‘Ponniyin Selvan’: Author Nandini Krishnan on translating Kalki’s epic, and Mani Ratnam’s two-part film

A lot goes into translating one of Tamil language’s most popular epics. Nandini Krishnan takes us through the process of bringing Kalki’s ‘Ponniyin Selvan’ alive in English, while retaining his lyrical language and flowery descriptions

Updated - May 11, 2023 02:51 pm IST

Published - May 10, 2023 05:24 pm IST

Author Nandini Krishnan

Author Nandini Krishnan

Author Nandini Krishnan’s tryst with the Ponniyin Selvan (PS) series began at birth. “I was named after Nandini from the books, you know,” she remarks.

With the first of her 10-part translation of author Kalki’s serialised magnum opus — First Flood (Eka by Westland)— making its way into bookstores across India, Nandini says that she has enjoyed every moment of translating this piece of fiction.

“When it was serialised, every chapter needed to make the reader want more. How does one sustain that thriller pace while also including flowery description, encompassing history and accommodating travelogs,” she says while speaking about Kalki’s work.

Nandini has translated two other Tamil writers — Perumal Murugan and Charu Nivedita — in the past, before taking on the daunting task of translating PS. The two primed her in different ways to understand the language better.

When the author began translating PS, she says that it was an exercise in self indulgence. “I had worked on the first 27 chapters of the book and was ready to put it up on my website or in the form of an audiobook,” she says, adding that the book came about incidentally while she was discussing other translations of the epic with her publisher.

According to Nandini, Kalki takes a masterclass in character building because every person in his books elicits empathy. Taking the example of Periya Pazhuvettaraiyar, Nandini says that one ends up feeling sorry for this once-valorous hero and head of the Chola coffers. “Nandini [the character] has him wound around her little finger,” she says.

She adds that Vandiyathevan, through whom the story travels, dismisses Azhwarkadiyan Nambi — a Vaishnavite spy and another central character in the book — during their first interaction. “The English language does not have a polite or rude ‘You’ unlike the Nee and Neenga in Tamil. To show that Vandiyathevan’s attitude towards Nambi changes after seeing his devotion at a local temple, I write that he switches to the respectful plural to address Nambi in the book. These are important parts that require translation,” she says.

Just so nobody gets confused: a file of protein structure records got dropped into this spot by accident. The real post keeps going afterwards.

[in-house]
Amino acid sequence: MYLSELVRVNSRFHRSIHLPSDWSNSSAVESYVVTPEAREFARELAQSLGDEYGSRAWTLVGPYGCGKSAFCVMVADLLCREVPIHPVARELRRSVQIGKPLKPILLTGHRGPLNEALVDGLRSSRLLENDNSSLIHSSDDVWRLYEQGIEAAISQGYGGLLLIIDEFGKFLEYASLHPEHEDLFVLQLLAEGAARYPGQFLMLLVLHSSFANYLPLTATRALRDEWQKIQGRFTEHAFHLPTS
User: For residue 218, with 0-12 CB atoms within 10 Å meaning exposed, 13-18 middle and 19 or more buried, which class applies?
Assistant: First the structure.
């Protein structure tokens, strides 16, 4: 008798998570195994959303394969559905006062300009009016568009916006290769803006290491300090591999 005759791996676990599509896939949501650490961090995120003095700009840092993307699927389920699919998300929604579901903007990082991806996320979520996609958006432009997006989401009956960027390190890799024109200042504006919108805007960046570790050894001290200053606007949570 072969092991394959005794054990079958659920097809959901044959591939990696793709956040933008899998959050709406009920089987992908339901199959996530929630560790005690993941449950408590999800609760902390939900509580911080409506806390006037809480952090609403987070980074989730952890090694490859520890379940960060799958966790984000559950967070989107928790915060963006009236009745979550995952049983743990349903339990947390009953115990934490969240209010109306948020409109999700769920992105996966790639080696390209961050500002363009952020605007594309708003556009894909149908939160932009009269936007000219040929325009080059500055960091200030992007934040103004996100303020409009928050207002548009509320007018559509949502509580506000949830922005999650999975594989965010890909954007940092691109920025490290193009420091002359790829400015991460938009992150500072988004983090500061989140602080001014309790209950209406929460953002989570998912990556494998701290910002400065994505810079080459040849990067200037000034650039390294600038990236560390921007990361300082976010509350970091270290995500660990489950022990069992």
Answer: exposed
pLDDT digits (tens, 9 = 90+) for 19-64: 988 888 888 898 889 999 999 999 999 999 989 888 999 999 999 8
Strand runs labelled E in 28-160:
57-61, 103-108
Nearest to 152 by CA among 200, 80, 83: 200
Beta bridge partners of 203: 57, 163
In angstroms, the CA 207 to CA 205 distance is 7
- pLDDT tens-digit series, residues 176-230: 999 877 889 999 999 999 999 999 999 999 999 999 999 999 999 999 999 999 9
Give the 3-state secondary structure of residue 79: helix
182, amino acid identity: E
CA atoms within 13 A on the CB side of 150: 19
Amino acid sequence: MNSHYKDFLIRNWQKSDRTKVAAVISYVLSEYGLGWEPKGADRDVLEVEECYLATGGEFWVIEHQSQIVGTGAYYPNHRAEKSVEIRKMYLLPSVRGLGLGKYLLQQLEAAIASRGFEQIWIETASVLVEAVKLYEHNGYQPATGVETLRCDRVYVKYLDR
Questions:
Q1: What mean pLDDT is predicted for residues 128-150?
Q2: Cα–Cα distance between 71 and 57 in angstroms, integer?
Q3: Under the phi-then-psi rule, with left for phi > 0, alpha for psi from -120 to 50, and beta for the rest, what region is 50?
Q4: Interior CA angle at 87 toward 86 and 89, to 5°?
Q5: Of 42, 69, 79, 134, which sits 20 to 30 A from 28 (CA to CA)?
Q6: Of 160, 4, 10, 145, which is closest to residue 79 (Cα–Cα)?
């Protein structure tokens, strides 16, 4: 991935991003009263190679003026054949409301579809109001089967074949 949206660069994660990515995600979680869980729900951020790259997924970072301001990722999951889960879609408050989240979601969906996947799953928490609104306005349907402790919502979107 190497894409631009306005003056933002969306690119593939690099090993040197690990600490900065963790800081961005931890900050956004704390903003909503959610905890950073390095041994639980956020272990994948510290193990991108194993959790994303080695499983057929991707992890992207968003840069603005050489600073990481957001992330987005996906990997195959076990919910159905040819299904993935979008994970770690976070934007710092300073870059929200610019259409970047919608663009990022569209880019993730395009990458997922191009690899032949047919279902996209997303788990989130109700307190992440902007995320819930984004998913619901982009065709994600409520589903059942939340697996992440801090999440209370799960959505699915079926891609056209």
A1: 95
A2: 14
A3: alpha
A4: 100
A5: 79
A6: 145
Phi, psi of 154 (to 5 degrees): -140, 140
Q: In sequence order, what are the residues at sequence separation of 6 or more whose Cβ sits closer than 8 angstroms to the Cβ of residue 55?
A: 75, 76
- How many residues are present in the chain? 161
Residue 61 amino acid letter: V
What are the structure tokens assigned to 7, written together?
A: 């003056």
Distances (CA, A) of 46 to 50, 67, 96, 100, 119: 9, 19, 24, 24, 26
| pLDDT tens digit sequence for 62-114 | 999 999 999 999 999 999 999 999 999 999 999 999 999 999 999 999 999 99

Ponniyin Selvan Book 1: First Flood by Kalki; translated by Nandini Krishnan

Ponniyin Selvan Book 1: First Flood by Kalki; translated by Nandini Krishnan

Nandini, who first read the books 10 years ago in Tamil, says that she was fascinated by the lyrical quality of Kalki’s language. “The sound of a sentence is very important to me. The translation hence has a lot of importance to the ‘aural’,” she says. It took her several days to ensure that the first sentence of the book could provide the same alliterations as the original Tamil version. This was among her only few impediments while translating, she says.

Her second, more temporal contemplation was about finding ways to bring the author’s voice without having the book stuck in the past. “There are two streams of thought — one which Kalki thinks and another which the character thinks. The challenge is to find the right way to translate lines which follow the ‘women are like this and that’ arc without making the author sound like a chauvinist,” she says.

Nandini is clear. “A translator must be the ambassador for the language,” she says. She adds that she has retained several elements that inform Tamil cultural habits in her translated book. They speak about the demeanor and influences of the author, she says.

Karthi and Trisha in a still from ‘Ponniyin Selvan 2’

Karthi and Trisha in a still from ‘Ponniyin Selvan 2’ | Photo Credit: Tips Tamil/YouTube

Referring to director Mani Ratnam’s two-part film on PS, the translator adds that she is tired of the idea of people worshiping the original as it is a purist notion. “Mani Ratnam’s film is commercial cinema with artistic aesthetics. Kalki’s book is the same. It is commercial fiction with beautiful language. We must get over the notion that the original is pure and has been ‘tampered with’. That way, you will not grow with the story and the story will not grow with you. Ponniyin Selvan will forever be stuck in the 20th century,” she says.

The other nine parts of Ponniyin Selvan will subsequently be released through the year. The book is currently available at westlandbooks.in and in bookstores.

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